Just like with family, start saying no. Prioritize your needs and goals over what your friends are asking you to do. An easy first step to transitioning out of this role is to stop answering the phone every time it rings.

Step 6: Develop personalized ways to say no

There are a number of ways to start saying no when something is asked of you. How you respond to other people’s asks will depend on your personality. Say yes to the things you want to and the things you feel like you have the time for, without sacrificing your priorities.

To start putting boundary-setting into practice, you can say things like:

Some people will easily take the hint. However, if you’re dealing with a more overbearing person, you may need to be harsh. Especially if that person has asked more than once. Try saying:

These phrases can be a little scary because they’re direct and when spoken firmly, can come off mean. The truth is sometimes this is the only option because there will be someone in your life who just doesn’t get it.

You can even get extreme and go cold turkey. Start putting yourself first by saying no to everything and I mean EVERYTHING. I did this for a while with mixed results. You are essentially putting it back onto the person doing the asking to really sell whatever it is they want you to engage in if they choose to persist after your initial no. If it seems like it’ll be worth your time and you genuinely want to do it then decide to agree. This small change alone will shift the balance in that relationship because the other person will have to make you see the value in what they are asking for.

There is no one right way for everybody. Figure out what works best for you and start saying the words today. If it helps, you can even practice saying them while looking in the mirror.

Step 7: Adjust your mindset to make your life and your goals a priority

Once you’ve figured out the dynamics at play in your relationships and why you can’t resist saying yes, you can start tweaking your daily behaviors. Make a promise to yourself to prioritize your needs. It’s going to require you to adjust the way you think about yourself and how you respond to the needs of those around you.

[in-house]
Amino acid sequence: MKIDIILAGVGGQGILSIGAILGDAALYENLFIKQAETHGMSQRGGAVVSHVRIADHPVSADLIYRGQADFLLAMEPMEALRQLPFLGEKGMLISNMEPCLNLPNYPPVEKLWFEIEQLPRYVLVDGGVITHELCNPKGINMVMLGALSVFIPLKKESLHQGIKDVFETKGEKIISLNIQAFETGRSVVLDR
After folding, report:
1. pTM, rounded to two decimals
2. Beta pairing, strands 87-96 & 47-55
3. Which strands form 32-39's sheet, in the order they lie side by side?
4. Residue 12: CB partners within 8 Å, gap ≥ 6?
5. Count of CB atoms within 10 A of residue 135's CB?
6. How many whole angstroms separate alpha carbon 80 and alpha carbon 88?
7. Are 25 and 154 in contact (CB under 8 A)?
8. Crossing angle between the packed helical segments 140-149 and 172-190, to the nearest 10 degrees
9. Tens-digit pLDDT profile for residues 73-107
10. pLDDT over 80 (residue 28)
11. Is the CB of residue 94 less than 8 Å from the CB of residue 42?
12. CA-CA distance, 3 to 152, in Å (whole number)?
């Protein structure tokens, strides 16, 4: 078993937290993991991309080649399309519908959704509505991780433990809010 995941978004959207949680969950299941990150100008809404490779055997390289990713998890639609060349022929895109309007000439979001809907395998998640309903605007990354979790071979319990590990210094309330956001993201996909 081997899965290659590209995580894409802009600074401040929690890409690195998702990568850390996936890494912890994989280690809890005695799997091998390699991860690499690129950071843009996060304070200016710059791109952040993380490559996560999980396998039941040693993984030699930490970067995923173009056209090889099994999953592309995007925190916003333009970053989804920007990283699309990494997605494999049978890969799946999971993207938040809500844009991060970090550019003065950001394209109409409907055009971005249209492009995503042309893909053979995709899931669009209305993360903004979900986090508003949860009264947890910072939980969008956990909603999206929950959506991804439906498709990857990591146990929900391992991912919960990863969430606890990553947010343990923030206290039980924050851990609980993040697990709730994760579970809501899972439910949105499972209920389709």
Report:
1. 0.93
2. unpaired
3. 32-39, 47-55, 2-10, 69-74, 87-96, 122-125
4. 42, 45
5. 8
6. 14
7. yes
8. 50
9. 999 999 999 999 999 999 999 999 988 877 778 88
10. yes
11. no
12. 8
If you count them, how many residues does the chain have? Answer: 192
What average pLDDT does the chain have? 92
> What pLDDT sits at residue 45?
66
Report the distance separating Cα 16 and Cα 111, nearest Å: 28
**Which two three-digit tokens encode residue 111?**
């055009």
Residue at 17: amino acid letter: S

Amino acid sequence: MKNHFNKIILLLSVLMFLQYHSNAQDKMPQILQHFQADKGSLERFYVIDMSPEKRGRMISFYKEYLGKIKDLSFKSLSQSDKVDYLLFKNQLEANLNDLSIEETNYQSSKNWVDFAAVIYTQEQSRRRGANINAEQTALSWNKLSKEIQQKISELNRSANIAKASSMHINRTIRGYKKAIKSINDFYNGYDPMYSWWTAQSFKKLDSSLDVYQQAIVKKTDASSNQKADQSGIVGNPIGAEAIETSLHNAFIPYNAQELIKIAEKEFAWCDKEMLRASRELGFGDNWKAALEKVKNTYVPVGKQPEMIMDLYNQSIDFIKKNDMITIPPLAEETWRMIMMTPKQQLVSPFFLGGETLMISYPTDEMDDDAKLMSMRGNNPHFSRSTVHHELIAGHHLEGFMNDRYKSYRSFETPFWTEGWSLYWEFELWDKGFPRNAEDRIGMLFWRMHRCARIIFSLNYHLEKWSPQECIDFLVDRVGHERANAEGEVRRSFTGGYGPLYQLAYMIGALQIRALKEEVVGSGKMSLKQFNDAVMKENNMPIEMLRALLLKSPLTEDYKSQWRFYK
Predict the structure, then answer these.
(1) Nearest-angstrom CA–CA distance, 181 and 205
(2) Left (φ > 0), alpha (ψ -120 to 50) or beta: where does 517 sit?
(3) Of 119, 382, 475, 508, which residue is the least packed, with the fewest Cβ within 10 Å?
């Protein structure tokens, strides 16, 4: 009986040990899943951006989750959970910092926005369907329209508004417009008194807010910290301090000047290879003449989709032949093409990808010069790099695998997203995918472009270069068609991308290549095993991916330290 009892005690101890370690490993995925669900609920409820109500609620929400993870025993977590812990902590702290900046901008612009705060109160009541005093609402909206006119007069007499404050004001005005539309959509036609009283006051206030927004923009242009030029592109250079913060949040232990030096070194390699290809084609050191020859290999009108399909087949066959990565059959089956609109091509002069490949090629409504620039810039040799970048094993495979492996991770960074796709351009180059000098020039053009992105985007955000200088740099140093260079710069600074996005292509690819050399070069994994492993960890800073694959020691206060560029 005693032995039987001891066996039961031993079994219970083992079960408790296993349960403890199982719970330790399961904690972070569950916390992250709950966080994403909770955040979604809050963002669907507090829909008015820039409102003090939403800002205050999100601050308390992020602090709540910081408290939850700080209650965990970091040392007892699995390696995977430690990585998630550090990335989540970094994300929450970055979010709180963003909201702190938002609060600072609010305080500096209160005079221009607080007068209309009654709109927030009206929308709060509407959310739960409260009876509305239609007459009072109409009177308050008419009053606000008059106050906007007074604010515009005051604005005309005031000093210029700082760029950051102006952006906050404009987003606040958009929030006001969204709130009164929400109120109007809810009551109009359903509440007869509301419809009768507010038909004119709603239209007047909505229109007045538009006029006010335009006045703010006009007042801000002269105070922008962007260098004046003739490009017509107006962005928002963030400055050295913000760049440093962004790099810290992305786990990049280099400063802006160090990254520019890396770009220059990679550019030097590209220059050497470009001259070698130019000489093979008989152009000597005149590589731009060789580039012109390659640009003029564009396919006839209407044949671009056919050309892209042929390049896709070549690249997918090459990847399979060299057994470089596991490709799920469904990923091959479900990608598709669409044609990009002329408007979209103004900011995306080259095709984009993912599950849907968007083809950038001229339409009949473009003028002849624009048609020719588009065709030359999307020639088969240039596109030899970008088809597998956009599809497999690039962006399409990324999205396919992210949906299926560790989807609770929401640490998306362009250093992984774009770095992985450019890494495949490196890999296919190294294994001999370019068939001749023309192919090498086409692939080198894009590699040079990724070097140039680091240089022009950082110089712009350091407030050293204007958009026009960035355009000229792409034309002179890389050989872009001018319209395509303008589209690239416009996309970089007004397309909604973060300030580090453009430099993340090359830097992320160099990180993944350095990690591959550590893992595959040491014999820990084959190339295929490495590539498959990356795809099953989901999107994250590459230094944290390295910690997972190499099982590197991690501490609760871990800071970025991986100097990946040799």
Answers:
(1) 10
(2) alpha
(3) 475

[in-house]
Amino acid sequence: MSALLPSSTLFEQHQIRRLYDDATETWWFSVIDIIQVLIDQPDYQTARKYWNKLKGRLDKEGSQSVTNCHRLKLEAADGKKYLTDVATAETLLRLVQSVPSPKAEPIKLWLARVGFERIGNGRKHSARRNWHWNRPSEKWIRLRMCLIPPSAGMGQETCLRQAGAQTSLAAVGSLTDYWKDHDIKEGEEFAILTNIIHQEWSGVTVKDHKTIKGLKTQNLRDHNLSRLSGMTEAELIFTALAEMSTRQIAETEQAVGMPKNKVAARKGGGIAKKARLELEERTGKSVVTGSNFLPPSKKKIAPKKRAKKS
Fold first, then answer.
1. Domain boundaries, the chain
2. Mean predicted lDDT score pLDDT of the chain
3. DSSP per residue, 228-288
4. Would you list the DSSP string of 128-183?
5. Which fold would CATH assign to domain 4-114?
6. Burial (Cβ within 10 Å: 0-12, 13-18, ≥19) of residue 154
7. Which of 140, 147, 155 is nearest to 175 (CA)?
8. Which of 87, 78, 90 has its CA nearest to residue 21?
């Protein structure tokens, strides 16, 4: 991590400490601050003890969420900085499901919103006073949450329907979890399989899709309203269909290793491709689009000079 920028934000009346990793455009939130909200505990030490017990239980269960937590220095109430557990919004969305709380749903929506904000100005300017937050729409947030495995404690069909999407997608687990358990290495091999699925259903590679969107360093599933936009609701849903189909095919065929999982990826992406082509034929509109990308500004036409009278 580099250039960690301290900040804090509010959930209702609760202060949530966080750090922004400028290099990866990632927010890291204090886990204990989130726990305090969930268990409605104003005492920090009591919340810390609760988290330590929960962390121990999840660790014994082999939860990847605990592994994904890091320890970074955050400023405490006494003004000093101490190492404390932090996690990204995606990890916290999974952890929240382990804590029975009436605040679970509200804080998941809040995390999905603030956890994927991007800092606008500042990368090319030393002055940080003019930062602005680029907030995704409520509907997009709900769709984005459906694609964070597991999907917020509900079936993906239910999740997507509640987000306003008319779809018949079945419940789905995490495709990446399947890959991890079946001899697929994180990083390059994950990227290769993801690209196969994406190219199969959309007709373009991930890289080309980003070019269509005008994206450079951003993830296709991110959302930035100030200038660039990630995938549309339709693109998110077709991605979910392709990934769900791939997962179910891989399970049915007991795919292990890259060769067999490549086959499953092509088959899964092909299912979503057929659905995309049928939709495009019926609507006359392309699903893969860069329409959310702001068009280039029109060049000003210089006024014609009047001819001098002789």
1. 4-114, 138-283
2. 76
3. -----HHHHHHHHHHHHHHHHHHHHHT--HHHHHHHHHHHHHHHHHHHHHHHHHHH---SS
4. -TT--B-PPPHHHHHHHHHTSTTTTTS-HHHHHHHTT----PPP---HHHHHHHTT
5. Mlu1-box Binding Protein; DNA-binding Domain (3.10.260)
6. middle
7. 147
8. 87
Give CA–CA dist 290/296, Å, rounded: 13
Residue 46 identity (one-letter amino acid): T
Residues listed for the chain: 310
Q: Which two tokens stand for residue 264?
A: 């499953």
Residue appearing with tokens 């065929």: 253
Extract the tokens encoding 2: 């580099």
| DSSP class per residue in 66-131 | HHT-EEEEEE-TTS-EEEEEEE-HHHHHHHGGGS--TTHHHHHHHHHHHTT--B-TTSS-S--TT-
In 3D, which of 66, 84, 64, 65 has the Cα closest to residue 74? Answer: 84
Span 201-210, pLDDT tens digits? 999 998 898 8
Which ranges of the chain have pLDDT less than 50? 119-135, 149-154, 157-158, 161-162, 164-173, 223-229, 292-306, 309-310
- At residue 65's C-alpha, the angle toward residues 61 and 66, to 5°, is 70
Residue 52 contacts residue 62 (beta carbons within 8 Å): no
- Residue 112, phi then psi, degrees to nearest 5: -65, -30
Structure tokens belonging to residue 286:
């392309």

In his book, Don’t Sweat The Small Stuff, Richard Carlson tells us that we don’t have to catch the ball every time somebody throws it to us. We're already holding our own ball and dropping it to catch someone else’s in their time of need can lead to feelings of stress and resentment. You don’t have to participate in something just because someone is asking you to. This also doesn’t mean that you never catch the ball. It just means that you are prioritizing your own peace and only catching someone else’s ball when you have the time and space to do so.

Make a list of those things that are important to you. That list can include goals, habits, and other things that you want to start doing regularly to live your best life. Use your list as a visual guide, whether it’s an electronic note or on paper, to remind yourself of what you might be giving up by not making yourself a top priority.


Putting yourself first is an evolving way of life. It’s something that needs regular practice and it won’t always be perfect. It’s been two years since I first started to reclaim my life and I still fall into those old yes habits on occasion. The best thing I can say is I am now aware of when I haven’t spent enough time on my own pursuits and I’ll hit the pause button on everything to reset myself. It's worth trying if you haven't done it before.

There have been good times and bad. There have been tears as I’ve struggled with wishing I did this sooner, and feeling like I wasted so much time. The good news is it’s never too late to start being selfish. Say yes to yourself today by saying no to everybody else. And remember, drop somebody else’s ball before you let go of your own.

lifestyle . 12 min read
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Aspiring advertising professional, writing to soothe my soul. Lover of dogs, fiction novels and a good TV binge.